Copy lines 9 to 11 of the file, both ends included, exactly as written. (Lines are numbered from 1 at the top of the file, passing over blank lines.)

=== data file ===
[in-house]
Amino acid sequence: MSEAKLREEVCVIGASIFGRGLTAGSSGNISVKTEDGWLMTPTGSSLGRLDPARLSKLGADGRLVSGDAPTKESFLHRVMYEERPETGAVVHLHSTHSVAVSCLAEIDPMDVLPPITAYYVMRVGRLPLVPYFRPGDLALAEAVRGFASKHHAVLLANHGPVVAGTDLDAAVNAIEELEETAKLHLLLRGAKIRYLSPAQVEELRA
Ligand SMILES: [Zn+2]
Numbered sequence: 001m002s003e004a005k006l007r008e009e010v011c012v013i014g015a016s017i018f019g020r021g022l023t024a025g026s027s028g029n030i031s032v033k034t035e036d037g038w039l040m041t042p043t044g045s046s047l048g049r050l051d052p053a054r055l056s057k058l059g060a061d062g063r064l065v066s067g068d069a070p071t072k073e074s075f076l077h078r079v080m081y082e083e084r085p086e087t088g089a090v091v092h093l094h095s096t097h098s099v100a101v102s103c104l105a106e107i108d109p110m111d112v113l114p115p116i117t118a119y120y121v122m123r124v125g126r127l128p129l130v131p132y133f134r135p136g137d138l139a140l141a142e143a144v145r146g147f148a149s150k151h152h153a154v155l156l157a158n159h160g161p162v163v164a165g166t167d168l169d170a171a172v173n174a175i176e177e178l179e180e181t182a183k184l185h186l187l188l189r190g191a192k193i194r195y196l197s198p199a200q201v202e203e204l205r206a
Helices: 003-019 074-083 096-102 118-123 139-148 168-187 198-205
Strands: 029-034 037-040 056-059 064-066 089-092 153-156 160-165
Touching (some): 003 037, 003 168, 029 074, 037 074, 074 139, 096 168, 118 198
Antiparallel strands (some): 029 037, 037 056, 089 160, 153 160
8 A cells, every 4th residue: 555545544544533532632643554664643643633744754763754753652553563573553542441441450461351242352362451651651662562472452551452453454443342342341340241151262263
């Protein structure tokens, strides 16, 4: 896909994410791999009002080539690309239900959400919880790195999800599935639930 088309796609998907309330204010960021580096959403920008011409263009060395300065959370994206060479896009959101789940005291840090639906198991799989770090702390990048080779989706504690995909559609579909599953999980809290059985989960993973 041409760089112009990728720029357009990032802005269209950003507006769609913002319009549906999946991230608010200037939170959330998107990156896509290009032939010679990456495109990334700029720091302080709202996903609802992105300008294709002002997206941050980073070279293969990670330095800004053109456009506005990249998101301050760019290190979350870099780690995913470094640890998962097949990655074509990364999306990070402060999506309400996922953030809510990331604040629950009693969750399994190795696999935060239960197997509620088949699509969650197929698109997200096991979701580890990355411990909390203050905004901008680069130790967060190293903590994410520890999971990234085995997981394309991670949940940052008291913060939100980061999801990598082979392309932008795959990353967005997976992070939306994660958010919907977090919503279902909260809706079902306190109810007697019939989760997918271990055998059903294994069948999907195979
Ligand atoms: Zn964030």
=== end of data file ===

8 A cells, every 4th residue: 555545544544533532632643554664643643633744754763754753652553563573553542441441450461351242352362451651651662562472452551452453454443342342341340241151262263
């Protein structure tokens, strides 16, 4: 896909994410791999009002080539690309239900959400919880790195999800599935639930 088309796609998907309330204010960021580096959403920008011409263009060395300065959370994206060479896009959101789940005291840090639906198991799989770090702390990048080779989706504690995909559609579909599953999980809290059985989960993973 041409760089112009990728720029357009990032802005269209950003507006769609913002319009549906999946991230608010200037939170959330998107990156896509290009032939010679990456495109990334700029720091302080709202996903609802992105300008294709002002997206941050980073070279293969990670330095800004053109456009506005990249998101301050760019290190979350870099780690995913470094640890998962097949990655074509990364999306990070402060999506309400996922953030809510990331604040629950009693969750399994190795696999935060239960197997509620088949699509969650197929698109997200096991979701580890990355411990909390203050905004901008680069130790967060190293903590994410520890999971990234085995997981394309991670949940940052008291913060939100980061999801990598082979392309932008795959990353967005997976992070939306994660958010919907977090919503279902909260809706079902306190109810007697019939989760997918271990055998059903294994069948999907195979
Ligand atoms: Zn964030």